NGC 5557 and Arp 199 in Bootes
June 2020 - Galaxy of the Month
Writing the galaxy of the month piece for June and July is often tricky as, certainly from the latitude of the UK, we never get any astronomical darkness during these months, and this won’t return until August. As such the choice has to be bright galaxies. For this month’s object I have chosen the elliptical galaxy NGC 5557 in Bootes.
Discovered by William Herschel in May 1785, NGC 5557 is part of a group of galaxies catalogued as LGG 378 which includes the edge on spiral NGC 5529, covered in an earlier GOM piece. William on the same night also found the nearby galaxy NGC 5544 but did not spot it was a double nebula, this was left to his son John to find in 1827 when he saw it split in two and the second galaxy was catalogued as NGC 5545, The pair was also independently split by Bindon Stoney, one of Lord Rosse’s assistants in 1852 using the 72” at Birr. The pair is now known as Arp 199, although it was earlier noted to be an interacting pair and was catalogued as VV 210.
Although looking fairly uninteresting to visual observers’ deep images show that in fact NGC 5557 is a shell galaxy with shells of gas and stars showing that in the last few (3-5) billion years or so NGC 5557 has undergone a number of interactions with other galaxies, and indeed merged with them. This is well illustrated in this image by Mark Hanson. Very deep images with the CFHT also show the presence of tidal tails and a number of dwarf galaxies accompanying NGC 5557. It has been suggested that some of these dwarf galaxies may have formed in the tidal tails. It has also been suggested that NGC 5557 may well have been formed from the merger of two spiral galaxies in the recent, astronomical, past.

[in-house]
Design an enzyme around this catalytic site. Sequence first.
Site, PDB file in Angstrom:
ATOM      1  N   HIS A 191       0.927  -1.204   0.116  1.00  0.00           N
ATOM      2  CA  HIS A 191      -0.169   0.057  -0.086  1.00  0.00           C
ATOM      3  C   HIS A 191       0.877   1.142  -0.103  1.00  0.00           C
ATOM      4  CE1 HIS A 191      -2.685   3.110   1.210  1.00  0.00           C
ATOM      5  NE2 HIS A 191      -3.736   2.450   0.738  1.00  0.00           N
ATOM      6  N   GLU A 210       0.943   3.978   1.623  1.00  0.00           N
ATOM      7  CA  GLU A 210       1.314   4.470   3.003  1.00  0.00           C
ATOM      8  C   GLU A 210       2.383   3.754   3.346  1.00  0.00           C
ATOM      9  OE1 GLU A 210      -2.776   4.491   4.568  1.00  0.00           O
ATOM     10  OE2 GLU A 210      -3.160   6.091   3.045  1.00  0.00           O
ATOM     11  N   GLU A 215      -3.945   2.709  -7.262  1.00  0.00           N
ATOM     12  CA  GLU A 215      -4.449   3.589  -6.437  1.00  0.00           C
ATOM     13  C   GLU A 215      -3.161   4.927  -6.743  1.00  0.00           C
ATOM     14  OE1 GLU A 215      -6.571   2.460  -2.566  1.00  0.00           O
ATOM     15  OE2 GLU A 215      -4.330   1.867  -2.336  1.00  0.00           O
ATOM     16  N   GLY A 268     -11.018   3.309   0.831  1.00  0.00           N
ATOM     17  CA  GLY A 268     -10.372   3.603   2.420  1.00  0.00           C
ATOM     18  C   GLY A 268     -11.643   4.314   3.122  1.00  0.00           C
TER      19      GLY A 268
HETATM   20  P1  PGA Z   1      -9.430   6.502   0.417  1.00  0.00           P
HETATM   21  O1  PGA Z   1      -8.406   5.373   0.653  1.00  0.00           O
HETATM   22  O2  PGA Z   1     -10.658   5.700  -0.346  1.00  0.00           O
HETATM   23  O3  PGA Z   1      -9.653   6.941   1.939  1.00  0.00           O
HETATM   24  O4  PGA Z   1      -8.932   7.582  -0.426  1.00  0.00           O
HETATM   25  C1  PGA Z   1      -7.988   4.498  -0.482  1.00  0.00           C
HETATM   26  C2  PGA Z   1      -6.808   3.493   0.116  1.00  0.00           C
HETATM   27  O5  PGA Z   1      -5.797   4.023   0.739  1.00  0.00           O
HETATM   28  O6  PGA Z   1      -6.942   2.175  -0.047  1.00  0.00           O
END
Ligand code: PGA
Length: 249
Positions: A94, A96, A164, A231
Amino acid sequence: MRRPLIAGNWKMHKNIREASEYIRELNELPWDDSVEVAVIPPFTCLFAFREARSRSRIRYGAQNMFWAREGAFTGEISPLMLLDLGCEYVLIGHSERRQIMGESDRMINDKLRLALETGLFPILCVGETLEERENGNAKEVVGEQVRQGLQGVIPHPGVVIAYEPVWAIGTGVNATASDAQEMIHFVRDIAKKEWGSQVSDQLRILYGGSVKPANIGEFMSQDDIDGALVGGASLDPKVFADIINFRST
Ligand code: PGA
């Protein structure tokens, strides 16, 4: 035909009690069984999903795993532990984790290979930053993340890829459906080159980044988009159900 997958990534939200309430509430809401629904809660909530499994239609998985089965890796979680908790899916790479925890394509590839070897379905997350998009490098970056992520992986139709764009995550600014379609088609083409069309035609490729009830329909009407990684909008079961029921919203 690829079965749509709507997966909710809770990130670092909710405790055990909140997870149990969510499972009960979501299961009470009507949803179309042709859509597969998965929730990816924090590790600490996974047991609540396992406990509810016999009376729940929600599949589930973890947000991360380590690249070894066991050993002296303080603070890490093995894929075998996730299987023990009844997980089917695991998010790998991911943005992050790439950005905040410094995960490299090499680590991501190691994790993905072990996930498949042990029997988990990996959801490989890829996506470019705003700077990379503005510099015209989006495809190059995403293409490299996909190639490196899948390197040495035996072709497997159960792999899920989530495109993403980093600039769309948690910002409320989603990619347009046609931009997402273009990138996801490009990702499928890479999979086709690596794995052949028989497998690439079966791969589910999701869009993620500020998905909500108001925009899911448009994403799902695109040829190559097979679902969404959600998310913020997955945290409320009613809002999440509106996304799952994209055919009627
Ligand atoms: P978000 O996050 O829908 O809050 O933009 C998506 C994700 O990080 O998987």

NGC 5557 is classified either as an E1 or E2 galaxy, so pretty much round as seen from our perspective. Distance estimates vary widely but it would seem to be at about 33 Mpc from us. Interestingly Lord Rosse thought that NGC 5557 was a spiral galaxy, one of his few misjudgements in that area.
Although NGC 5557 is bright enough to show faintly in a 15cm telescope it will probably require something in the 25-30cm size to show its brighter core and surrounding haze, certainly from UK skies. Arp 199 lies perhaps 16’ away from it. I found that with a 37cm telescope under twilight skies that it was fairly easy, although admittedly the galaxy was overhead and not in the best position to view with a Dobsonian telescope. Both NGC 5557 and Arp 199 will appear in the same medium power field, say around 200x.
NGC 5557 is bright enough to have made the Astronomical League’s Herschel 400 list. There is a bright star involved in the halo of NGC 5557 which could be confused with a SN so beware before reporting it. Arp 199 is a very tight pair and much fainter than NGC 5557 so will require larger telescopes and high power to split. The pair consists of two spirals. Arp 199 was covered in the DSF OOTW in 2014.
Owen Brazell - Galaxy Section Director